The National Aquarium’s Wetland Nursery Program brings hands-on marsh restoration to the schoolyard—and to the far reaches of the Chesapeake Bay Watershed!
In October 2011, the Aquarium Conservation Team traveled to the headwaters of the Susquehanna River, the Chesapeake Bay’s largest freshwater source, to teach students in New York how their actions affect aquatic health all the way down in Baltimore.
Students from Chenango Forks High School in Binghampton, NY, and Ridge Road Elementary School in Horseheads, NY, worked to set up ponds at school to grow freshwater wetland plants.
In the spring, the Aquarium will visit again to help students restore their local wetlands by planting the plants they’ve raised throughout the school year!
Spring is here! Flowers are in bloom, grass is getting greener, and the water warming- but is it getting cleaner?
As stated the EPA’s annual Chesapeake Bay report, the Bay Barometer, despite small successes in certain parts of the ecosystem and specific geographic areas, the overall health of the Chesapeake Bay did not improve in 2008. The Bay continues to have poor water quality, degraded habitats and low populations of many species of fish and shellfish. Based on these three areas, the overall health averaged 38 percent, with 100 percent representing a fully restored ecosystem.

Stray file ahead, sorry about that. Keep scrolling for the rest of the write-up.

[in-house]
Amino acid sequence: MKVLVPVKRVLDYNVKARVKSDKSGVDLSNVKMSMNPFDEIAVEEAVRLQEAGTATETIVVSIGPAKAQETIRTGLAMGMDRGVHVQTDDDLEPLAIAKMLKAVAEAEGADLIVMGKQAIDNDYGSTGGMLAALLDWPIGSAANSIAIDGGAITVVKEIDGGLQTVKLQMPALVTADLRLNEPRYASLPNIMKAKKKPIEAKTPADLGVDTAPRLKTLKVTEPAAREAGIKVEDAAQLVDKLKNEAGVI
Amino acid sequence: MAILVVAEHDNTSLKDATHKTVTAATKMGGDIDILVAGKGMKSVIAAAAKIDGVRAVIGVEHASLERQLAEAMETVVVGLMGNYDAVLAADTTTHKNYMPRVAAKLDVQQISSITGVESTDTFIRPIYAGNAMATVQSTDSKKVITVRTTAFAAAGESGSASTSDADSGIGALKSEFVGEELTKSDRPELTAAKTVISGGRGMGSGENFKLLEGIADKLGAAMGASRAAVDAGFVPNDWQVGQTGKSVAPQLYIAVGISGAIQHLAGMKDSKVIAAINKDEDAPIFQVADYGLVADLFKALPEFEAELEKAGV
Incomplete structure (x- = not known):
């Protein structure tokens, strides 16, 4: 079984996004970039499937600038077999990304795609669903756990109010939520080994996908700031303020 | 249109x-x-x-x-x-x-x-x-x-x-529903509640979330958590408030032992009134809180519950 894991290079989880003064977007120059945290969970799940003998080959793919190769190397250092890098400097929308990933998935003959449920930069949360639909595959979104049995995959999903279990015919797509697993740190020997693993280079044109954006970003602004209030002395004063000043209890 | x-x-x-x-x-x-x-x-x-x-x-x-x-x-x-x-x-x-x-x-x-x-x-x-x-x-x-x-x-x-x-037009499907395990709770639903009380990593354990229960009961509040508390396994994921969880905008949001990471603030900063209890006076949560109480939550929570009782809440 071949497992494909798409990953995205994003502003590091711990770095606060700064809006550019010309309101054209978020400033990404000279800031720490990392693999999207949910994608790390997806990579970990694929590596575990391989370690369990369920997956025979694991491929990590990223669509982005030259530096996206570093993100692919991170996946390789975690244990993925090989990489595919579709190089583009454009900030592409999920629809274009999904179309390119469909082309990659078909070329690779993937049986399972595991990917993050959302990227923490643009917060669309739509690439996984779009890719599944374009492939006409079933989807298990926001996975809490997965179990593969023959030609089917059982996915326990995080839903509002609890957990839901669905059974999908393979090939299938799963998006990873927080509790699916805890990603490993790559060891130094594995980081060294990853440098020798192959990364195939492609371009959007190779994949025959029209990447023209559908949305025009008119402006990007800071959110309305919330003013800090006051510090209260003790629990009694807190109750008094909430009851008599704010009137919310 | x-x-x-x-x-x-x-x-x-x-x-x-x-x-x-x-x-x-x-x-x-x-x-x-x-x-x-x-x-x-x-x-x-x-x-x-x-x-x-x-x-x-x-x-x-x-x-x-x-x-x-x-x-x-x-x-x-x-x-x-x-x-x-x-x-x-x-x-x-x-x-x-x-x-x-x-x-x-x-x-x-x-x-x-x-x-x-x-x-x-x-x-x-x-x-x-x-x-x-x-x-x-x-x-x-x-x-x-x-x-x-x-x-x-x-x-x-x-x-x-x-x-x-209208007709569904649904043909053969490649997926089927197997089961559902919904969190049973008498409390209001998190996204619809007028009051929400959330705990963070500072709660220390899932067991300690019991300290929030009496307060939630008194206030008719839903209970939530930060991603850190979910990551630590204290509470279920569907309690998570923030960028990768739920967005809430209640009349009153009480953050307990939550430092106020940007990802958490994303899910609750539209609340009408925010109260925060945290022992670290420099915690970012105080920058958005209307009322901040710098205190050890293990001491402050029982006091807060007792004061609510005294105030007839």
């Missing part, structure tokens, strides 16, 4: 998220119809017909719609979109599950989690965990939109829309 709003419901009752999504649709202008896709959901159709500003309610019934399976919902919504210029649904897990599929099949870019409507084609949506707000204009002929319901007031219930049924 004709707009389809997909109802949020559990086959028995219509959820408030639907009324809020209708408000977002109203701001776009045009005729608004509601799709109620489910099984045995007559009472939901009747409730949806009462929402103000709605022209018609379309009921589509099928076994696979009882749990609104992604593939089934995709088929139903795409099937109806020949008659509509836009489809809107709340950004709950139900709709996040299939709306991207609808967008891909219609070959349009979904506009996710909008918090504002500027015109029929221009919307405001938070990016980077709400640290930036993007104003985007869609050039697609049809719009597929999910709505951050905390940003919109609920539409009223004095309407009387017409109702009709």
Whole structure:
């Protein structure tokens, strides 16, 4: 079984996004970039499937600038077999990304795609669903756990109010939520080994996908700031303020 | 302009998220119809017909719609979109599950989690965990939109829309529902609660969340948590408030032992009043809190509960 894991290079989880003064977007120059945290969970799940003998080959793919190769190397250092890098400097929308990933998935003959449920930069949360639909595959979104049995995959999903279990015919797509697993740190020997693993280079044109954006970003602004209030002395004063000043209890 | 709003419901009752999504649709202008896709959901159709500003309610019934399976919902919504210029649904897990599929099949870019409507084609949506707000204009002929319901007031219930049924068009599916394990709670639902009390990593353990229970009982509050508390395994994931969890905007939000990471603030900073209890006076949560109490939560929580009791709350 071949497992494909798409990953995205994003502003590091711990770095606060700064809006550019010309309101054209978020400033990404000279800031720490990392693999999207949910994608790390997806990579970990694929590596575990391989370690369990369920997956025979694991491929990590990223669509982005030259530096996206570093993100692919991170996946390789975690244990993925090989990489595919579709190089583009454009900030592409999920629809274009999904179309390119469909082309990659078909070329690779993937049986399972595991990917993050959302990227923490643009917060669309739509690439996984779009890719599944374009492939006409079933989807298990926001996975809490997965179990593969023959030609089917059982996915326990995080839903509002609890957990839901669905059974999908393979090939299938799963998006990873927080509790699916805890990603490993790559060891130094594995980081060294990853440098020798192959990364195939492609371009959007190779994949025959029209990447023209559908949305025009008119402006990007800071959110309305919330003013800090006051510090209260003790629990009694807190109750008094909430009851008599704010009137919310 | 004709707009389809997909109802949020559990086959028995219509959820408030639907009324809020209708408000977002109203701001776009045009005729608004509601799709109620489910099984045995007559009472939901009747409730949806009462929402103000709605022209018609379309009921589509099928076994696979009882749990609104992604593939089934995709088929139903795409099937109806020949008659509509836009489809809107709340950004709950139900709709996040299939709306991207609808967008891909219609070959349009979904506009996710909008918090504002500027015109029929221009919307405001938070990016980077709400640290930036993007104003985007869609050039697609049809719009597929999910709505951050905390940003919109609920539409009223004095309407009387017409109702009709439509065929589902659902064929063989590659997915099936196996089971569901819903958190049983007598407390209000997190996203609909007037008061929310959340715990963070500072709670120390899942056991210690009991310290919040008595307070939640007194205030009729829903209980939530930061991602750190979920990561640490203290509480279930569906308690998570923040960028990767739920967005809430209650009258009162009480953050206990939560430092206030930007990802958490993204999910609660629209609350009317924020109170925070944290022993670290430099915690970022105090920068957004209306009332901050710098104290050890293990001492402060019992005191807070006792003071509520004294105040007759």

As we hear all of the time, one of the greatest challenges to restoration is continued population growth and development, which destroys forests, wetlands and other natural areas. The impact of human activity is overwhelming nature and offsetting cleanup efforts.
Almost 17 million people live in the Chesapeake Bay watershed. The actions that residents take everyday affect nature and impact the health of local creeks, streams and rivers, and ultimately the Bay. As you set off to enjoy the season and the outdoors, remember what you can be doing to help protect our waters and the animals that inhabit them:
Pick up after your pet
Use phosphorus-free dish detergent
Drive your car less
Don’t fertilize your lawn
Plant native trees and shrubs
Install a rain barrel and rain garden